The president of the board of trustees for a Frederick County-owned nursing home and assisted-living facility said efforts are under way to collect $5.4 million in back Medicare and Medicaid payments from the federal government.
Sonja B. Sperlich said in an interview that Frederick County Commissioners need to understand that such reimbursements take time.
Erin White, the county’s acting director of finance, presented the commissioners with figures at a meeting on Feb. 28 showing that $5.4 million is owed to the county in Medicare and Medicaid payments for the nursing home and assisted-living residents.
Of that, $1.7 million is seven months behind. To make employee payroll and operate the two homes, $5.4 million will be taken from the county’s general fund budget for the current fiscal 2013.
LW Consulting Inc. — the Harrisburg, Pa.-based firm hired by the county in 2011 to manage the finances of the Citizens Care and Rehabilitation Center and Montevue Assisted Living — is taking steps to collect the money, Sperlich said.
“We are really putting pressure on LW Consulting to bring the money in,” she said. “LW Consulting has brought on additional people, and they’re getting their business office up-to-date on the way things should be run.”
Commissioners’ President Blaine R. Young (R), who also serves as liaison to the board of trustees, said in an interview Monday that it is good to hear efforts are being made to collect the money.
“I’ll be pleased when it is in the bank,” Young said. “My biggest concern is the $1.7 million that is seven months old. That’s my biggest concern. How much of that will be written off? The point is, why did it take seven months to start collecting that money?”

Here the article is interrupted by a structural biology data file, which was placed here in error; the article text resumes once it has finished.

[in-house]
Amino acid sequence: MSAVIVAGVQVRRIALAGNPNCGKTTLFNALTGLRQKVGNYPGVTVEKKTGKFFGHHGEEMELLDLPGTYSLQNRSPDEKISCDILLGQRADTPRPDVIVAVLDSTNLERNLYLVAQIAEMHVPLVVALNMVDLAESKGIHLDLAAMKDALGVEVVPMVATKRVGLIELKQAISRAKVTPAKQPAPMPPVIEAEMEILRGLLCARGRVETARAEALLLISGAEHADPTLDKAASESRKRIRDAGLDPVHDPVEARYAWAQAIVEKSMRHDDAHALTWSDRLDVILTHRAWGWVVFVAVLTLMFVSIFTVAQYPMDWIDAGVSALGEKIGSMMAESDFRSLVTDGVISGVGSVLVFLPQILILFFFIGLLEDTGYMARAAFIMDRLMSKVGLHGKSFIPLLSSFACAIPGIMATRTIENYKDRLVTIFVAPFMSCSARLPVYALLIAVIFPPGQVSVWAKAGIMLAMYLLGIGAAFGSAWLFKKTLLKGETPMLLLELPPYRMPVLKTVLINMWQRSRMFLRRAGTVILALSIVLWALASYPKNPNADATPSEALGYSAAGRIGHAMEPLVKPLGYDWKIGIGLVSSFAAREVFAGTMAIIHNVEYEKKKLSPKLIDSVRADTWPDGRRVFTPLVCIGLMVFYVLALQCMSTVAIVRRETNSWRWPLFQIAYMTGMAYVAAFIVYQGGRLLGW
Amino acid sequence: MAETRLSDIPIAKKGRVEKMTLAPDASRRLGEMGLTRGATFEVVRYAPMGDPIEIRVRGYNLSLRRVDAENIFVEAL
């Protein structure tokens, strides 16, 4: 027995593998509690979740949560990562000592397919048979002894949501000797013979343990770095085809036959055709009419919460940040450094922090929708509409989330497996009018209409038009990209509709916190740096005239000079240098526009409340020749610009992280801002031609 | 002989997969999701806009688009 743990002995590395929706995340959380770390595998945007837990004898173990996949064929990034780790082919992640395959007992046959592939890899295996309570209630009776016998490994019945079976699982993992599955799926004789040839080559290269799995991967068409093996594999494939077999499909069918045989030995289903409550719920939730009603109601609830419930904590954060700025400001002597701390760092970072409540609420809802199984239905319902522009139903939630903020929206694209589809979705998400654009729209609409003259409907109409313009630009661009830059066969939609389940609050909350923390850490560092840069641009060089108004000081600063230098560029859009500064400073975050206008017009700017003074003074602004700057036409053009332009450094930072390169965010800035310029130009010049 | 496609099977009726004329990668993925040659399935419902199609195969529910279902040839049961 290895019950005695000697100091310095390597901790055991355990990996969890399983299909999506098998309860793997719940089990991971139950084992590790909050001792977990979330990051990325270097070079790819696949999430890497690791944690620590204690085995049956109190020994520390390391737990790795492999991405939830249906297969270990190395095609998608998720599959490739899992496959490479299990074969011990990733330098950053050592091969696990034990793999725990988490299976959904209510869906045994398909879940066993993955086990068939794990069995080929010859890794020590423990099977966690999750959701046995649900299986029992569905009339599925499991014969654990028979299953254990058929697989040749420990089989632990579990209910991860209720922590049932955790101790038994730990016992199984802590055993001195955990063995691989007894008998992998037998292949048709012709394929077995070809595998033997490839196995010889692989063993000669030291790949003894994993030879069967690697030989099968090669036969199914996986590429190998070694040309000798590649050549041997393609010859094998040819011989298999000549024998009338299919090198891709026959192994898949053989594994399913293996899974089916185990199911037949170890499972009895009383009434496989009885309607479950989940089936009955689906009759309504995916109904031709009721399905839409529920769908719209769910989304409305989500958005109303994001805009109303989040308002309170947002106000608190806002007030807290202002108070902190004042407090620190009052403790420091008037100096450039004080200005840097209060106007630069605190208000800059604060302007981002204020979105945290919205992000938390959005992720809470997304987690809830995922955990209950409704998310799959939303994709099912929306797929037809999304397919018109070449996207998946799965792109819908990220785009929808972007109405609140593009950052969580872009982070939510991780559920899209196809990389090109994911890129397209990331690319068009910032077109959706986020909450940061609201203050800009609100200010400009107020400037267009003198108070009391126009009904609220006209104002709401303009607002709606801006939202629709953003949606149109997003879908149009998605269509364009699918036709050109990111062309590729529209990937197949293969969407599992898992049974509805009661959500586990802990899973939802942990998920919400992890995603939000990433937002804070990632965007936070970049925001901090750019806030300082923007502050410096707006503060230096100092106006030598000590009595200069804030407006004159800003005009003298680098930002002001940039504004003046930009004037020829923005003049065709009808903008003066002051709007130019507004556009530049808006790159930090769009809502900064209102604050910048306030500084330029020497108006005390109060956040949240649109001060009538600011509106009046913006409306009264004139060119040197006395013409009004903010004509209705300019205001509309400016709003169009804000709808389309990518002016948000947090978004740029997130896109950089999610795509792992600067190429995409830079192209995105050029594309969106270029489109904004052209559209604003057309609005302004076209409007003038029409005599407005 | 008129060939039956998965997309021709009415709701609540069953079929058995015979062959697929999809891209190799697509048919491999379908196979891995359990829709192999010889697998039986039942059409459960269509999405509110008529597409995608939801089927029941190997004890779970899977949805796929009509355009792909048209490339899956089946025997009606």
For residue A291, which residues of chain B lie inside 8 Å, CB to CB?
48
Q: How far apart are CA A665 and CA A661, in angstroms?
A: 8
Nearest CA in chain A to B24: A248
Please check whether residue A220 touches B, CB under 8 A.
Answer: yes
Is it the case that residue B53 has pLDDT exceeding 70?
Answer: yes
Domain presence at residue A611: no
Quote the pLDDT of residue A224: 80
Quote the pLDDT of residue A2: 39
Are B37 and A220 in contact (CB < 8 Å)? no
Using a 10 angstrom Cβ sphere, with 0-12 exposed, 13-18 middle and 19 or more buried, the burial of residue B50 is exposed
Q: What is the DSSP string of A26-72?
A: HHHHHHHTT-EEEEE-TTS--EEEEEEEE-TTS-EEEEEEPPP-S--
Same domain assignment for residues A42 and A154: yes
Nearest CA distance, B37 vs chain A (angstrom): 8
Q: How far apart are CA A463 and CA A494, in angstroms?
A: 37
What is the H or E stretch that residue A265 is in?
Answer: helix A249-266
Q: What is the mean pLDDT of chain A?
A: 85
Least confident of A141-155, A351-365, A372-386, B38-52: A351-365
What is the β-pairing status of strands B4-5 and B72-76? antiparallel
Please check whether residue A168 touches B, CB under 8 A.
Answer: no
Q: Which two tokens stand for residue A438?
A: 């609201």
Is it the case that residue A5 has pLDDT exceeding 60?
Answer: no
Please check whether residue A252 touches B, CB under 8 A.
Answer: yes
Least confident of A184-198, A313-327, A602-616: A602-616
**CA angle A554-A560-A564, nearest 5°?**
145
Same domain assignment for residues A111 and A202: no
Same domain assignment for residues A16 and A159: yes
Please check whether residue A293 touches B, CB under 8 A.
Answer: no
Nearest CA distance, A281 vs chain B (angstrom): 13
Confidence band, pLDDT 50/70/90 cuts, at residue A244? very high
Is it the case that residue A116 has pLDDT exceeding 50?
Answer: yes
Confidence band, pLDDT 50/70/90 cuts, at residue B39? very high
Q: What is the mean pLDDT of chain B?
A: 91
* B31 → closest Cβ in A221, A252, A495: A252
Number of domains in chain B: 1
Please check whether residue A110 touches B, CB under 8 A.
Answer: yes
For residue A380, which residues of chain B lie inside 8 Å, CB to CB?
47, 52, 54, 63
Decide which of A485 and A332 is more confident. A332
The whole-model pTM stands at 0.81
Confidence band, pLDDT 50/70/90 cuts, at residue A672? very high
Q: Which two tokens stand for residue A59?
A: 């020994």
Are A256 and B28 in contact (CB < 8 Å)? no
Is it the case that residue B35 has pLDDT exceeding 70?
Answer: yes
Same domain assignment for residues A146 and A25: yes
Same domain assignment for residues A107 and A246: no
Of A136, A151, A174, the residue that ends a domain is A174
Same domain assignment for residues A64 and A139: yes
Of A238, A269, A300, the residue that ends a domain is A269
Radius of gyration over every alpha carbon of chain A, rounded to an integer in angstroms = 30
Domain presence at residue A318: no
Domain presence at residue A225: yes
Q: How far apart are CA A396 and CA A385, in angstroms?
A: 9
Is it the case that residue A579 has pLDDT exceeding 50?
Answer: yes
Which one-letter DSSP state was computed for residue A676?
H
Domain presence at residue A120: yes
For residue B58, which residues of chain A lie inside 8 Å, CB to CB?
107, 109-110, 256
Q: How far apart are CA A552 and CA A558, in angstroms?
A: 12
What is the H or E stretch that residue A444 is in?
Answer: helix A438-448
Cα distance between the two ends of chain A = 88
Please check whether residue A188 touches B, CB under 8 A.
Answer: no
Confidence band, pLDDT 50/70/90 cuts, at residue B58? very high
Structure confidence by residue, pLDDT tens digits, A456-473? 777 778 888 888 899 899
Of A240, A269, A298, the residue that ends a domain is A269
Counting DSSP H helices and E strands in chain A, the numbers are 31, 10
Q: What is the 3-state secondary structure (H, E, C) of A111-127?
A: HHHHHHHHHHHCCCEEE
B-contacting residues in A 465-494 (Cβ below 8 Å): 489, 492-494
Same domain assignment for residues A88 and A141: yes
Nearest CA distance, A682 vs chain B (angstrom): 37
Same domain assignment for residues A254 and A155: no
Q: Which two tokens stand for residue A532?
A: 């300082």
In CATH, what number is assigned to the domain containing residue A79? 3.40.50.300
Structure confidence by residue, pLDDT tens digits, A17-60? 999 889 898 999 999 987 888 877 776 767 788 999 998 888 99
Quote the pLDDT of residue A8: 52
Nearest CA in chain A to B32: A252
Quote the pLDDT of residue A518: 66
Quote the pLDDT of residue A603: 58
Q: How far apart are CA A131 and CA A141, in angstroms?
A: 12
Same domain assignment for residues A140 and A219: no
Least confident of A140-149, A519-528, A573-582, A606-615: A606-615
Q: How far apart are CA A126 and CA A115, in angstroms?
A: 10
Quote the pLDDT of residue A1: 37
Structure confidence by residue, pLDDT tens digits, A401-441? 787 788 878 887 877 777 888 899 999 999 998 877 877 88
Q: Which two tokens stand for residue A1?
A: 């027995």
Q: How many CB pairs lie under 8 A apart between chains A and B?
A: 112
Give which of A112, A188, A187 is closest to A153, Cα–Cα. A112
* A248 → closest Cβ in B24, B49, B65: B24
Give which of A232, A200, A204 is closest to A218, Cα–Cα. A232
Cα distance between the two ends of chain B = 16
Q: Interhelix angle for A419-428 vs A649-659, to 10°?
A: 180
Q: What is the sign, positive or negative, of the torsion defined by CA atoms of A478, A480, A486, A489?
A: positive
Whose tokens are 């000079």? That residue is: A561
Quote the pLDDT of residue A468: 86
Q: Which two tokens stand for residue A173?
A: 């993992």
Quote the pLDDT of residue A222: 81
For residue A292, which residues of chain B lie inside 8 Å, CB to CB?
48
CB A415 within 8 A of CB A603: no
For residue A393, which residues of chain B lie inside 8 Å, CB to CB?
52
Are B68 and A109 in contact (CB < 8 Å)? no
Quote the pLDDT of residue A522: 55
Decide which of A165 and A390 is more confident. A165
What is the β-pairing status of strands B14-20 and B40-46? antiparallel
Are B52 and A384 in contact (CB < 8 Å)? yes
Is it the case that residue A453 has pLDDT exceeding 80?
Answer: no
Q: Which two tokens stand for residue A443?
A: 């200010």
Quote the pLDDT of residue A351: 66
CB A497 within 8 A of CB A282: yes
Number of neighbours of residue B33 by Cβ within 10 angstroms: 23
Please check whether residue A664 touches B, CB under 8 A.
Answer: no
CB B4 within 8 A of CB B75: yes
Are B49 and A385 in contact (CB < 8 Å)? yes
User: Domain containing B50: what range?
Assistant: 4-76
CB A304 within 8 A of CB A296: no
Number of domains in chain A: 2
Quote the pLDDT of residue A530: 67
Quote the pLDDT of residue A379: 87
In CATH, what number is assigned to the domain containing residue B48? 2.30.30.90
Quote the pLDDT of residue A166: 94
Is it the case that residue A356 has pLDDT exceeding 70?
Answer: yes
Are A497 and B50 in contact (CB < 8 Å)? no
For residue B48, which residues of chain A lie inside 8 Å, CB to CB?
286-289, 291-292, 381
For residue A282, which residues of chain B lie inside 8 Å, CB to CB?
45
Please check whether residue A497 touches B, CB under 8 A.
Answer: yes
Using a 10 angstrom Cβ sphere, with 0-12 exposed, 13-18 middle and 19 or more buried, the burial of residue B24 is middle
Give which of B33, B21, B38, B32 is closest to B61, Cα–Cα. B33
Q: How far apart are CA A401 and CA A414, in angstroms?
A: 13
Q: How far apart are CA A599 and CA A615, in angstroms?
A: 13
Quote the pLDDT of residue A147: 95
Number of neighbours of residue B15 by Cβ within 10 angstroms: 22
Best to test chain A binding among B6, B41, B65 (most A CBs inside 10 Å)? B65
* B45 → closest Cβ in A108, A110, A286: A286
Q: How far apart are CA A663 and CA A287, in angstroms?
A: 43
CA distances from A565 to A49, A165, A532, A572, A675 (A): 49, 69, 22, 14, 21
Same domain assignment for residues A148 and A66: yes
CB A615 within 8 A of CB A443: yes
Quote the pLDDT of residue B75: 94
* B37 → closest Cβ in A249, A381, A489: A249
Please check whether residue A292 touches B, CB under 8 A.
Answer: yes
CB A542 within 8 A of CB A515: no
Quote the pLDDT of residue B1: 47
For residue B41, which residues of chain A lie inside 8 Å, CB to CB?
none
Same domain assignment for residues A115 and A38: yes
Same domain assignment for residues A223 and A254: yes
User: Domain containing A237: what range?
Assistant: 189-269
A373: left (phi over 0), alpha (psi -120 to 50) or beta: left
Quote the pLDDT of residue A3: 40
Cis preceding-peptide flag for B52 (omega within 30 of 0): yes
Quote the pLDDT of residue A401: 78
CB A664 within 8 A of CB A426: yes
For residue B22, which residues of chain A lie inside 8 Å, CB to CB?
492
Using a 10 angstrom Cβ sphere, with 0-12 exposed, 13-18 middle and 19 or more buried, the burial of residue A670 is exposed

Sperlich said collecting the money has been delayed by employee turnover at LW Consulting.
“In February, they brought on new employees, and they are really burning the midnight oil to bring the bottom line up to date,” she said. “But as with any government agency, it takes a while to bring the money in. I had hoped in January the numbers would have been an improvement, but we are trying to bring the money in.”
Sperlich said it is also important for the commissioners to understand that 60 of the 75 residents at Montevue Assisted Living are partially subsidized by the county.
“There has been no mention that there is already a built-in loss because the county is subsidizing 60 residents,” she said. “Any income the county gets is from Social Security payments. [Residents] turn over their Social Security payments to the county, except for $100 they are allowed to keep.”
The county is slated to spend $2,512,022 to run Montevue in the current fiscal year.
Citizens Care and Rehabilitation Center and Montevue Assisted Living are both on Rosemont Avenue in Frederick.
Since the 1800s, Montevue has served as a home for low-income residents. Citizens Care, which opened to its first residents in 1976, takes in low-income people first.
The assisted-living facility offers 75 private efficiency apartments at a cost of $145 per day. But 60 beds are set aside for low-income residents who receive subsidized care.
Last July, residents and staff moved into the new 40,000-square-foot assisted-living facility and 116,000-square-foot nursing home. The county spent $30 million building the two new homes, which sit on land adjacent to the former buildings, which were outdated, cramped and inefficient.
Since 2000, the county has spent $53.5 million operating both homes, according to its figures.
News of the shortfall comes at a time when the county is working to privatize or sell the two homes.
Marcus & Millichap Real Estate Investment Services of Maryland is currently taking proposals from companies interested in buying the facilities.
The commissioners want to privatize operations to eliminate the $5 million they spend annually to operate the two homes.
The commissioners are expected to make a decision on the sale in the next few months because the county’s contract with LW Consulting expires on June 30, 2013.